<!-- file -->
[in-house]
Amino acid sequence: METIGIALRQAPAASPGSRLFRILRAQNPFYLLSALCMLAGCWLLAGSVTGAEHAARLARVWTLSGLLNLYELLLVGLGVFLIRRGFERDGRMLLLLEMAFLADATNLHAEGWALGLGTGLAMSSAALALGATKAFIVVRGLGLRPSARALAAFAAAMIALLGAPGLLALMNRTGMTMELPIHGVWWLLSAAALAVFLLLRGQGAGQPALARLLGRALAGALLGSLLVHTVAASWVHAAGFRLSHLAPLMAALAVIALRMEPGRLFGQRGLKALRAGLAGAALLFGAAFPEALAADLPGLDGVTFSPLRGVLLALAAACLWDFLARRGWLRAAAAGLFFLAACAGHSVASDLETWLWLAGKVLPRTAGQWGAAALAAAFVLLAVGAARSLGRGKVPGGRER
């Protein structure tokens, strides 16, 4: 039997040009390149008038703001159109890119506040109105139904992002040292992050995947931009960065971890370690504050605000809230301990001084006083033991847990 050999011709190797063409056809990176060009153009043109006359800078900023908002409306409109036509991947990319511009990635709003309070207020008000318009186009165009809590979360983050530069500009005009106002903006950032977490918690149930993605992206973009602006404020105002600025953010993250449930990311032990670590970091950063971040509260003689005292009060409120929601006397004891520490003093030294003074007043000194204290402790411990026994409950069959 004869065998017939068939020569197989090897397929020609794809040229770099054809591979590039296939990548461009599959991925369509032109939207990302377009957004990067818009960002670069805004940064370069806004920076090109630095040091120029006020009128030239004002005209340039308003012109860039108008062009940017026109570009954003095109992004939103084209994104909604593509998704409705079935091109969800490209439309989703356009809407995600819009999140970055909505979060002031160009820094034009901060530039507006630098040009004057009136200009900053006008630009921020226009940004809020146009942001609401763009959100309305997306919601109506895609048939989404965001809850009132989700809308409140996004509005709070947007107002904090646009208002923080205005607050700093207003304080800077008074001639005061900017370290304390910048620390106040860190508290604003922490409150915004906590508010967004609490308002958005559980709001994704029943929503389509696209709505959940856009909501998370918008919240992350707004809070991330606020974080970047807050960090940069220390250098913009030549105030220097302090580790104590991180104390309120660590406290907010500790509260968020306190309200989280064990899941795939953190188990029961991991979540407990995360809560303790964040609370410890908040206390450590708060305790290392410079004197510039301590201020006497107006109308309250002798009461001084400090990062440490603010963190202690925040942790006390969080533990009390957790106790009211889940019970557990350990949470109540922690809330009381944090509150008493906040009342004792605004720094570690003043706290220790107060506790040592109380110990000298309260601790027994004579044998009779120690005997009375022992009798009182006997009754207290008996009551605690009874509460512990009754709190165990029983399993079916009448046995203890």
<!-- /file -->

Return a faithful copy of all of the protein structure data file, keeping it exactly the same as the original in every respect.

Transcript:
[in-house]
Amino acid sequence: METIGIALRQAPAASPGSRLFRILRAQNPFYLLSALCMLAGCWLLAGSVTGAEHAARLARVWTLSGLLNLYELLLVGLGVFLIRRGFERDGRMLLLLEMAFLADATNLHAEGWALGLGTGLAMSSAALALGATKAFIVVRGLGLRPSARALAAFAAAMIALLGAPGLLALMNRTGMTMELPIHGVWWLLSAAALAVFLLLRGQGAGQPALARLLGRALAGALLGSLLVHTVAASWVHAAGFRLSHLAPLMAALAVIALRMEPGRLFGQRGLKALRAGLAGAALLFGAAFPEALAADLPGLDGVTFSPLRGVLLALAAACLWDFLARRGWLRAAAAGLFFLAACAGHSVASDLETWLWLAGKVLPRTAGQWGAAALAAAFVLLAVGAARSLGRGKVPGGRER
């Protein structure tokens, strides 16, 4: 039997040009390149008038703001159109890119506040109105139904992002040292992050995947931009960065971890370690504050605000809230301990001084006083033991847990 050999011709190797063409056809990176060009153009043109006359800078900023908002409306409109036509991947990319511009990635709003309070207020008000318009186009165009809590979360983050530069500009005009106002903006950032977490918690149930993605992206973009602006404020105002600025953010993250449930990311032990670590970091950063971040509260003689005292009060409120929601006397004891520490003093030294003074007043000194204290402790411990026994409950069959 004869065998017939068939020569197989090897397929020609794809040229770099054809591979590039296939990548461009599959991925369509032109939207990302377009957004990067818009960002670069805004940064370069806004920076090109630095040091120029006020009128030239004002005209340039308003012109860039108008062009940017026109570009954003095109992004939103084209994104909604593509998704409705079935091109969800490209439309989703356009809407995600819009999140970055909505979060002031160009820094034009901060530039507006630098040009004057009136200009900053006008630009921020226009940004809020146009942001609401763009959100309305997306919601109506895609048939989404965001809850009132989700809308409140996004509005709070947007107002904090646009208002923080205005607050700093207003304080800077008074001639005061900017370290304390910048620390106040860190508290604003922490409150915004906590508010967004609490308002958005559980709001994704029943929503389509696209709505959940856009909501998370918008919240992350707004809070991330606020974080970047807050960090940069220390250098913009030549105030220097302090580790104590991180104390309120660590406290907010500790509260968020306190309200989280064990899941795939953190188990029961991991979540407990995360809560303790964040609370410890908040206390450590708060305790290392410079004197510039301590201020006497107006109308309250002798009461001084400090990062440490603010963190202690925040942790006390969080533990009390957790106790009211889940019970557990350990949470109540922690809330009381944090509150008493906040009342004792605004720094570690003043706290220790107060506790040592109380110990000298309260601790027994004579044998009779120690005997009375022992009798009182006997009754207290008996009551605690009874509460512990009754709190165990029983399993079916009448046995203890």